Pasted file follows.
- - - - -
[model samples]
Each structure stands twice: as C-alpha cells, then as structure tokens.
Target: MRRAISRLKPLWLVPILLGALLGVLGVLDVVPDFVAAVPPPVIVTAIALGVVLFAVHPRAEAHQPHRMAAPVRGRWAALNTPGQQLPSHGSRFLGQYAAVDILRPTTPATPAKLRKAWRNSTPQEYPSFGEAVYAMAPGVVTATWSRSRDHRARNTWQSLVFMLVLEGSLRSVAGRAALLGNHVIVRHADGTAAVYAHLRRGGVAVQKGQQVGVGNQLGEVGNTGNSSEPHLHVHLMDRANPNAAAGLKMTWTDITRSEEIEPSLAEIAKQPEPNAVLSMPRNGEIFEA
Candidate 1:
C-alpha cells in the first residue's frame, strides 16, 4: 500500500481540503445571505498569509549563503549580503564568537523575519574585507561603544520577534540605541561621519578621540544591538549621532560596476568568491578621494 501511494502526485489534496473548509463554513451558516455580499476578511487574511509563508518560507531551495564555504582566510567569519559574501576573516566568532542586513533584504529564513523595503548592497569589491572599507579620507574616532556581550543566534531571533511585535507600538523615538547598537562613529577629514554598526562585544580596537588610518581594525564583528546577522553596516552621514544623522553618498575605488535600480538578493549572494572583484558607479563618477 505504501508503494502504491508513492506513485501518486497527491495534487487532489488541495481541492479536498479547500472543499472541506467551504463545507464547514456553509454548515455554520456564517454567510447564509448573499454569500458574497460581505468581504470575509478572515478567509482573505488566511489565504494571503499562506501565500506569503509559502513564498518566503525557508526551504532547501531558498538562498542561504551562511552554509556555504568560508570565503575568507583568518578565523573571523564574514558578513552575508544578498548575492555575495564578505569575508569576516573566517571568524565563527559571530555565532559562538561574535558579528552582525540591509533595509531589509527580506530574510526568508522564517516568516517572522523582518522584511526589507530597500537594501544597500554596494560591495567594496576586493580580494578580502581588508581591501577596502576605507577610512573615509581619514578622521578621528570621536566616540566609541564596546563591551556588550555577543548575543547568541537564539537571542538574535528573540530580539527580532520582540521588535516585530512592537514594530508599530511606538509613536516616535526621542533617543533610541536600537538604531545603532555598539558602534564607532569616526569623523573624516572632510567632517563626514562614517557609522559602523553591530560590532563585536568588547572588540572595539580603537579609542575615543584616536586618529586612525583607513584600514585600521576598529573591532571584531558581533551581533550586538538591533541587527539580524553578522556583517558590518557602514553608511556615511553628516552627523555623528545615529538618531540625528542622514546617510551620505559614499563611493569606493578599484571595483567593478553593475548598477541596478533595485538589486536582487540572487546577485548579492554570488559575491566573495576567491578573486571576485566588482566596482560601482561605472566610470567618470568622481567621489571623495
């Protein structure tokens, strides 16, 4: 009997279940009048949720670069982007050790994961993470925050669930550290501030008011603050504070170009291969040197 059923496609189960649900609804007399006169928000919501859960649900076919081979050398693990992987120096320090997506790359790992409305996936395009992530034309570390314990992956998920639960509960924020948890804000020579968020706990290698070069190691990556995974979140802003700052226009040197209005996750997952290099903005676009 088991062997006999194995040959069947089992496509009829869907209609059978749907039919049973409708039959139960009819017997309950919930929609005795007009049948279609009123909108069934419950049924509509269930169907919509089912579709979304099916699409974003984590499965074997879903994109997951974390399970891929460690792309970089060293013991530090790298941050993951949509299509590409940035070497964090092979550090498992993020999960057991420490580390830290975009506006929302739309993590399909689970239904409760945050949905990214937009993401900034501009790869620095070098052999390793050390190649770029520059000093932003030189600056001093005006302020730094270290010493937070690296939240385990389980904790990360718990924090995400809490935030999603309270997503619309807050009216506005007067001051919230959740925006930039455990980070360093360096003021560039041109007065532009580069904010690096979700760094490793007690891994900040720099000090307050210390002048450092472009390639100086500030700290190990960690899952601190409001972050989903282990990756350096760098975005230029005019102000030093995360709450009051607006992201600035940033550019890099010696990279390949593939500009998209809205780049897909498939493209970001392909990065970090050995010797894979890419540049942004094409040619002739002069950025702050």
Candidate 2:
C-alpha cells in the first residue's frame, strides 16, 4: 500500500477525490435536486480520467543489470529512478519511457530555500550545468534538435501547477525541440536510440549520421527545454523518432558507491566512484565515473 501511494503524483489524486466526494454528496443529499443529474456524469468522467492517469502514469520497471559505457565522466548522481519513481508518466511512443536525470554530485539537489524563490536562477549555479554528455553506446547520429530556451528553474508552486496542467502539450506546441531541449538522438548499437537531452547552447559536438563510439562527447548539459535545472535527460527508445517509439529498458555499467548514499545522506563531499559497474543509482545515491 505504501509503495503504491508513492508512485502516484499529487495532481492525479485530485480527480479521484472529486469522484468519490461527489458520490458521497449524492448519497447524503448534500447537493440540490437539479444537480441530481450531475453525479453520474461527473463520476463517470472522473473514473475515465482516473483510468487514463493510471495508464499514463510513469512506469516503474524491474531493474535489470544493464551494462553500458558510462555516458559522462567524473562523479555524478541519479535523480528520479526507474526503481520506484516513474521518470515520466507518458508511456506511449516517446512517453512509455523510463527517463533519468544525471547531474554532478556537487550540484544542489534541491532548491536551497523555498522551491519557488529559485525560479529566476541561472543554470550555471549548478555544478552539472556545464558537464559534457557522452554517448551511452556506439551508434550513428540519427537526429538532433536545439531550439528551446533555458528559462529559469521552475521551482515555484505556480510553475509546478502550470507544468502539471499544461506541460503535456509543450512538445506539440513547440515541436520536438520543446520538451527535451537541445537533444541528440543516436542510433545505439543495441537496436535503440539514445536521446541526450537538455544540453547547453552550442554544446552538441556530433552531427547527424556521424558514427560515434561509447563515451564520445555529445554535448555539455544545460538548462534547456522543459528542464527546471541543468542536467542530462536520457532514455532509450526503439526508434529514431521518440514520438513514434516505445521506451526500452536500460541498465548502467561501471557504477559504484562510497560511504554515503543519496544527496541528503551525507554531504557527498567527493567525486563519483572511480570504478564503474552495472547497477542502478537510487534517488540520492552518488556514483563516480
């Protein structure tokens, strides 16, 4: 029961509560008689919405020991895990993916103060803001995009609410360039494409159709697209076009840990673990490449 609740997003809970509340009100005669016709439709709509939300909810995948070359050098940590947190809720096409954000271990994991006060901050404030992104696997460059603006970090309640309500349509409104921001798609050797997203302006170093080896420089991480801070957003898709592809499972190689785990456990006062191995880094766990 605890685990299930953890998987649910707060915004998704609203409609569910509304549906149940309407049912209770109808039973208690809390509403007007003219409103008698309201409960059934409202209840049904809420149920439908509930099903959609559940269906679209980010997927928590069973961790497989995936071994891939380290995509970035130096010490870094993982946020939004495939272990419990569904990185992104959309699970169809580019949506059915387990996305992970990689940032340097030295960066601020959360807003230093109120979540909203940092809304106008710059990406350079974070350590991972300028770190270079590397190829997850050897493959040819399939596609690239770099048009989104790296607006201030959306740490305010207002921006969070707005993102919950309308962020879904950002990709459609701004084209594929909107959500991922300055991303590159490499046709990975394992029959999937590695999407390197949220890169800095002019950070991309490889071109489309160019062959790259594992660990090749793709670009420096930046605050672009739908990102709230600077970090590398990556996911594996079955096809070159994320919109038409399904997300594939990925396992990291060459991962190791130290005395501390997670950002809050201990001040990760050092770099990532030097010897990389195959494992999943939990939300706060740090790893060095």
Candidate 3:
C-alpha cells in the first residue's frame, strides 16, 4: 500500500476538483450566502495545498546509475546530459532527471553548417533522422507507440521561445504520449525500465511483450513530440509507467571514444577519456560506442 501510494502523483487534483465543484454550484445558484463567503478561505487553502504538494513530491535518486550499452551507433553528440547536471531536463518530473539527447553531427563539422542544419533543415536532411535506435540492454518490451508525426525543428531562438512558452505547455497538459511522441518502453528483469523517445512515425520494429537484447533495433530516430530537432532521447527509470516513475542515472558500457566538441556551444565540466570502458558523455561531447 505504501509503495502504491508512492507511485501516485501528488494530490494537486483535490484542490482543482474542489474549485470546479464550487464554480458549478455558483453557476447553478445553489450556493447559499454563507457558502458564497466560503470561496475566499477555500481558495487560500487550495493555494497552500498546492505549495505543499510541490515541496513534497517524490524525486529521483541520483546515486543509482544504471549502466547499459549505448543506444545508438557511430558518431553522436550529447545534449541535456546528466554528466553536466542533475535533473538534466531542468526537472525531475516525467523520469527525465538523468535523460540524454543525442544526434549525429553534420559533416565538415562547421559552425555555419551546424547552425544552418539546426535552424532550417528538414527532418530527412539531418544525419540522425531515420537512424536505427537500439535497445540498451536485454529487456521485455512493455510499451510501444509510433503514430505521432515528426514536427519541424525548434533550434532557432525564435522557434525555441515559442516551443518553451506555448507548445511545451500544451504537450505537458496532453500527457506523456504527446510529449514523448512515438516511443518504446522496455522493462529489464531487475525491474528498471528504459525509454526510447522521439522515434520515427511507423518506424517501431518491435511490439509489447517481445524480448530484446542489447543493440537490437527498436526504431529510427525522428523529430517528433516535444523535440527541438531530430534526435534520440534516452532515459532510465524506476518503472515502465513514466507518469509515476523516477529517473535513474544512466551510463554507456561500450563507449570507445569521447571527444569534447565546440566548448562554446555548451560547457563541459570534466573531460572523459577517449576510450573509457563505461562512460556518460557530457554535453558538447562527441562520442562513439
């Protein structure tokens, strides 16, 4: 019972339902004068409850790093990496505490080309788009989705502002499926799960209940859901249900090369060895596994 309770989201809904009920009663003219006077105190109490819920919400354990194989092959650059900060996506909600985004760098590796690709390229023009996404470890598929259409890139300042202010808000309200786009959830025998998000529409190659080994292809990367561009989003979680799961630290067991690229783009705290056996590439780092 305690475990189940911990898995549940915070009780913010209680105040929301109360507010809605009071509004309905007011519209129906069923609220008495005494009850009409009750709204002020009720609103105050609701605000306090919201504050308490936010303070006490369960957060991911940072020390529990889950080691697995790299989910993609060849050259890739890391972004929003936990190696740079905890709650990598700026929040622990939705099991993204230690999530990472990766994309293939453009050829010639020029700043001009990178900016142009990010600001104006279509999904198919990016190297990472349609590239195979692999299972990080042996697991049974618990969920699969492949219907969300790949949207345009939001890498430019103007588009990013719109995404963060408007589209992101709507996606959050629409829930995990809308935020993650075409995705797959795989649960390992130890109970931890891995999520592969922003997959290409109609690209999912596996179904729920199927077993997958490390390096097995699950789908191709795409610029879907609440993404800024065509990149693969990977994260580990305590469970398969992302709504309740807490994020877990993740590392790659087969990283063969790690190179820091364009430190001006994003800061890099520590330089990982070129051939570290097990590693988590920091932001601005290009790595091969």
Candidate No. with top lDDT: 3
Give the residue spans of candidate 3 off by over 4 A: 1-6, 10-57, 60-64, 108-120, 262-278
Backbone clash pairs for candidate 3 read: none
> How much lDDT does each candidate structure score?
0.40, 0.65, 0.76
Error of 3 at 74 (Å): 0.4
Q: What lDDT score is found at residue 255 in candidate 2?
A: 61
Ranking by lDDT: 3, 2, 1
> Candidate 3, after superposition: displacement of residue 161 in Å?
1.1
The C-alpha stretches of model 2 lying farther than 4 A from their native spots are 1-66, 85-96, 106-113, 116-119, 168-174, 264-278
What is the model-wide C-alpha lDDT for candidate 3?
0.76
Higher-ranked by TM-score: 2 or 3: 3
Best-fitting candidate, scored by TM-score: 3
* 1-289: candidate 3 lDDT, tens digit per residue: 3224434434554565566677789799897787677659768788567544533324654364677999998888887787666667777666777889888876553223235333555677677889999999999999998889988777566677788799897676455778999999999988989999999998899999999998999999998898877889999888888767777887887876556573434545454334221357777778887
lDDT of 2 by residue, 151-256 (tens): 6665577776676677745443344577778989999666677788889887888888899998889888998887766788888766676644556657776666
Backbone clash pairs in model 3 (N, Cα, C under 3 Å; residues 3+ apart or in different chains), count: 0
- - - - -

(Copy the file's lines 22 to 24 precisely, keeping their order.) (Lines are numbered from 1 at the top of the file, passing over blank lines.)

> Candidate 3, after superposition: displacement of residue 161 in Å?
1.1
The C-alpha stretches of model 2 lying farther than 4 A from their native spots are 1-66, 85-96, 106-113, 116-119, 168-174, 264-278